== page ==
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Nightcrawler: Review
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Nightcrawler is a dark thriller set in the neon-lit, hazy nocturnal underbelly of contemporary Los Angeles. Amidst its strip mall parking lots, night fast food joints, and unpleasant inhabitants, Jake Gyllenhaal stars as Lou Bloom, a quietly unhinged scavenger at the edge of the cityscape. When the film opens, we get a glimpse into Lou’s existence as he’s cutting through wire fencing he intends to sell as scrap further down the road. We see him pleading with the proprietor of the scrap yard for employment, who bellows ‘why would I hire a thief’ at his gaunt face. On the highway home, amidst the tangle of flesh and metal of a car wreck, he discovers a slimy Bill Paxton wielding a camera and floodlight. Lou, bug-eyed (Gyllenhaal prepared for the role by starving himself of both sleep and food) asks what’s going on, finds out that local news channels are willing to pay for bloody footage of human suffering, and he begins his descent into the unscrupulous world of L.A. crime journalism.

With a camera pawned for a stolen bicycle in a sun-drenched Venice Beach that somehow still feels dark and nocturnal, Lou muscles into the cut-throat, dangerous realm of nightcrawling. Sitting by his radio frequency scanner, he starts learning police code, translating 10-33s and 187s into possible jobs. Aided by Rene Russo as Nina, a veteran of the blood-sport that is local TV news, Lou thrives. And from that point on, for rest of the film, everyone’s eyes are gleaming, whether they are staring into a wall full of TV screens in a news station editing room or not.

Russo proudly confirms that if Lou needs inspiration for the kind of footage he should bring her he should just think of the newscast she produces as “A screaming woman, running down the street, with her throat cut.” And throughout the film, the newscasters deliver Lou’s most disgusting footage with the vapid 21st century disclaimer that viewer discretion is advised. Whether this is a warning or an invitation to come closer is never clear in the film, nor is it clear in the 24-hour news cycles we’re all subjected to everyday. Eventually, Lou’s boundless and unfettered ambition leads him to manipulate reality, initially moving a body at the site of a car crash, to better frame it with light and tragic context, eventually graduating to a far more sinister engineering events during a home invasion in an affluent white neighbourhood.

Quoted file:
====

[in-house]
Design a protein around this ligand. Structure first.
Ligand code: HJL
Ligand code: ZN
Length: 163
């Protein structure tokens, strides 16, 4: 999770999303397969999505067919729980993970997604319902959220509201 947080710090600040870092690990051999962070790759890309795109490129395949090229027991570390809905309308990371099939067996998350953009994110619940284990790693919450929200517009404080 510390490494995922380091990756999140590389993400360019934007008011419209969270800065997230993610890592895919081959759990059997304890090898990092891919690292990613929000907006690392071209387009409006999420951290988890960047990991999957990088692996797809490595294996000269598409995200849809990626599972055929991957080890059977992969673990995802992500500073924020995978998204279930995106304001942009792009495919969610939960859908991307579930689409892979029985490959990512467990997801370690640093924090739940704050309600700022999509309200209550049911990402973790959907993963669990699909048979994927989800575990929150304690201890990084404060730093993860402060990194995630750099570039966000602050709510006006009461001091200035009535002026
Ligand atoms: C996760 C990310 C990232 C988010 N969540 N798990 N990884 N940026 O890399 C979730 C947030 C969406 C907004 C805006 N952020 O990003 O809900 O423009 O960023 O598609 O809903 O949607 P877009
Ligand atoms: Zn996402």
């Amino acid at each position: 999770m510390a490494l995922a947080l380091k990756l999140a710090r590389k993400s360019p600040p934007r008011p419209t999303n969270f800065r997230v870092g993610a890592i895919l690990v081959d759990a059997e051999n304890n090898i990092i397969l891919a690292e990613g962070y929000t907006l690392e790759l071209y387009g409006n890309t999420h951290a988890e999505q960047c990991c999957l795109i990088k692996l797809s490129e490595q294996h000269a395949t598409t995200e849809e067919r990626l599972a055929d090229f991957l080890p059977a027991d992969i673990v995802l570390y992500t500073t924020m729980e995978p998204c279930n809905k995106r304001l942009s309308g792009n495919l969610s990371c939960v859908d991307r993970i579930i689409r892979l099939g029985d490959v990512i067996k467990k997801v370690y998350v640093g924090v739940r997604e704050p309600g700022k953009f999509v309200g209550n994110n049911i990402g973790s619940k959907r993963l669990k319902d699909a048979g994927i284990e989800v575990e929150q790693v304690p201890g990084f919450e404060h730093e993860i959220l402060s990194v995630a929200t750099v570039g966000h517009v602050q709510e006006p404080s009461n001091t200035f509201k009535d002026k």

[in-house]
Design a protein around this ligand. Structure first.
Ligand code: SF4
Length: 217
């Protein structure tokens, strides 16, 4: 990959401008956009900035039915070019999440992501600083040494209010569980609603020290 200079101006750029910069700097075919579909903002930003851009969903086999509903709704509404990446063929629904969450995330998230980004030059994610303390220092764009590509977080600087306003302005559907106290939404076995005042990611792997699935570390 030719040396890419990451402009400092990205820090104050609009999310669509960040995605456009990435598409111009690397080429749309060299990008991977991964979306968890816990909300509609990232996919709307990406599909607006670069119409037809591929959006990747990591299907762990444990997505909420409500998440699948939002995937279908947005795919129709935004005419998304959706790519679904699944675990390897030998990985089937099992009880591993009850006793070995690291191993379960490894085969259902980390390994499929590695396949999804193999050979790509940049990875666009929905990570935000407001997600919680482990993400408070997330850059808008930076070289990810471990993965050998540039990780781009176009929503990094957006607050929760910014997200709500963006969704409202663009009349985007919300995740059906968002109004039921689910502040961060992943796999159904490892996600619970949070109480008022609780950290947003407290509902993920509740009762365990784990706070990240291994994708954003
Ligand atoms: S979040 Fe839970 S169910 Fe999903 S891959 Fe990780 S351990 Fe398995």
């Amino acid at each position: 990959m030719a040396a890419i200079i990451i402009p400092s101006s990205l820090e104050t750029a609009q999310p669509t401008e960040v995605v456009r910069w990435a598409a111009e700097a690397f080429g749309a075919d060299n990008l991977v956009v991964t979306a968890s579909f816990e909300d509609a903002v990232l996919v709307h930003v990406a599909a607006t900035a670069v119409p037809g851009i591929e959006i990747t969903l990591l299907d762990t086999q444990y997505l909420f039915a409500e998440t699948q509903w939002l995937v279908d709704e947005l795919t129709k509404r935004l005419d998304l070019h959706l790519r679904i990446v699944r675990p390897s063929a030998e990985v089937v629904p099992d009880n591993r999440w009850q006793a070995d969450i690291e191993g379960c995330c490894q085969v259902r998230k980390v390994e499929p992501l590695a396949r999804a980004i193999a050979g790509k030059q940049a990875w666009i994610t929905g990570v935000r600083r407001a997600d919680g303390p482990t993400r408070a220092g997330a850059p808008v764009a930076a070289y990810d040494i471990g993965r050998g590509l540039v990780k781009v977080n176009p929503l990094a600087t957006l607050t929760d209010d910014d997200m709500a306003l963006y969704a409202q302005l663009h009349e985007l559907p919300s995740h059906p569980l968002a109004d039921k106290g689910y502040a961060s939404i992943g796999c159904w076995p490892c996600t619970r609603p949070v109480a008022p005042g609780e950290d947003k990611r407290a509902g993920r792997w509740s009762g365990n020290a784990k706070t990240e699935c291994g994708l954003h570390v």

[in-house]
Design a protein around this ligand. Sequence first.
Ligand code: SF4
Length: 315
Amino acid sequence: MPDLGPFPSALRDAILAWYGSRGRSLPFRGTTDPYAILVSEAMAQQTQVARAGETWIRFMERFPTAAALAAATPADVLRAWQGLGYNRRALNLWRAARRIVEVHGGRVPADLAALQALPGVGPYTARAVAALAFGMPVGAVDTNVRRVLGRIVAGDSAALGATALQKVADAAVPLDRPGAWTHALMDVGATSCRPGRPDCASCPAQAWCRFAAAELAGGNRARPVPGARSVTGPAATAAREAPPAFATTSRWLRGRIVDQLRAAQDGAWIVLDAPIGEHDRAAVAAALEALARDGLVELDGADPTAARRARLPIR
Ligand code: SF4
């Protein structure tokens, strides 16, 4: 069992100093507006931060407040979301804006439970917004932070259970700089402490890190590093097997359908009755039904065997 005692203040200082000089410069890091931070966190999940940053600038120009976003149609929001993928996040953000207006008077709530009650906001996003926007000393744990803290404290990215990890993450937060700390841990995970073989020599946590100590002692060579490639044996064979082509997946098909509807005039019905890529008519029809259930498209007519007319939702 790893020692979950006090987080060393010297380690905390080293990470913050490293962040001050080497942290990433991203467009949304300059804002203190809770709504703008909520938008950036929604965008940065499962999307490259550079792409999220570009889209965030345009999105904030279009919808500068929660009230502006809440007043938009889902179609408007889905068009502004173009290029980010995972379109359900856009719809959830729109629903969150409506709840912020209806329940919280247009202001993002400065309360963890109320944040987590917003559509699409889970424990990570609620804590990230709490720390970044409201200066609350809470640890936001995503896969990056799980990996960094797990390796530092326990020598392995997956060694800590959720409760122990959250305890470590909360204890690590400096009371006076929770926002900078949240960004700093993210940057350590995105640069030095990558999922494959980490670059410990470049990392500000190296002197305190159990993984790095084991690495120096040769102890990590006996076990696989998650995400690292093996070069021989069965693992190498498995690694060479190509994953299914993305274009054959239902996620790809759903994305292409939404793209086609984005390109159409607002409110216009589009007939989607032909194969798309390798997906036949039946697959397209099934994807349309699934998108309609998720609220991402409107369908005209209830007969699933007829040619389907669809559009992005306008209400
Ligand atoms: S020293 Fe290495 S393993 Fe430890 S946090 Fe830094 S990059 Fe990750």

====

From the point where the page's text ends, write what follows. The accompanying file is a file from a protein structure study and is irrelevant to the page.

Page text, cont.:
Throughout, Lou uses the buzzwords and lingo of the all-American entrepreneur. Not the bespoke-suited Gordon Gecko of the 1980s, but the equally terrifying privacy trampling faux-casual cut-throat capitalist of the Zuckerberg era. He utters the kind of business-speak platitudes that get set in pretty typefaces against against evocative imagery and shared huge, friendly corporations on their social media channels. Lou is president and CEO of a company of one, he believes his own motivational bullshit. And that is what makes him a terrifying sociopath. Eventually he takes on a hire, Riz Ahmed playing Rick, the terrified stray taken under Lou’s wing. He starts as an intern and graduates to Vice President as Lou asks him to go deeper into the darkness with him. A meaningless title, delivered with a flow of corporate doublespeak worthy of the best HR departments.

The clinical delivery of the entrepreneurial spirit leads to another theme that few have reviews of the film have highlighted: it is a story about loneliness. Or rather, of aloneness. In the neo-noir LA reflecting off the red paint job of Lou’s freshly leased muscle car, no one seems to live with anyone. And the few who do end up dead. The only other living organism Lou seems to nurture is a plant he waters delicately out of a drinking glass from his kitchen. He lets it sip the way you let a dying relative sip.

Above all, it is a film about commodification. Richard Corliss, writing in Time, says that “Lou is a spiritual descendant of Robert De Niro’s Travis Bickle in Taxi Driver”. That may be true, but he is his descendant in the terrifying world of post-Tinder sex, of post-Buzzfeed journalism, of constant attention-seeking but dwindling attention spans. Everything is commodified in Lou’s world. Every crash, every police call code is translated into a cash sum. During a terrifying exchange with Russo, where the extent of his sociopathy is crystalline, sex is another form of payment. We never actually see anything carnal, because it is so contrived and transactional that it’s not really the point.

This is a slick film, and it’s hard to believe thatDan Gilroy is a first-time director, but that’s not why you should watch it. You should watch it because, like a rubbernecker driving past a car crash, you won’t be able to look away. And as a society, it’s about time we stopped looking away from what we’re becoming.

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About The Author

Nasri Atallah

Nasri Atallah is a British-Lebanese author and media entrepreneur. He has published a best-selling collection of short stories and his writing has appeared in GQ, The Guardian, Brownbook, Time Out and The Outpost. He is the founder of Gate37, a cross-cultural music incubator (playing a hybrid label, A&R, booker, management role). He is also a partner at Keeward, a digital agency focussing on culture, media and technology and partnerships consultant at knowledge-sharing and social commerce platform Bookwitty. All of his work - both creative and entrepreneurial - focuses on multiculturalism, pop culture, the media industry and social justice.

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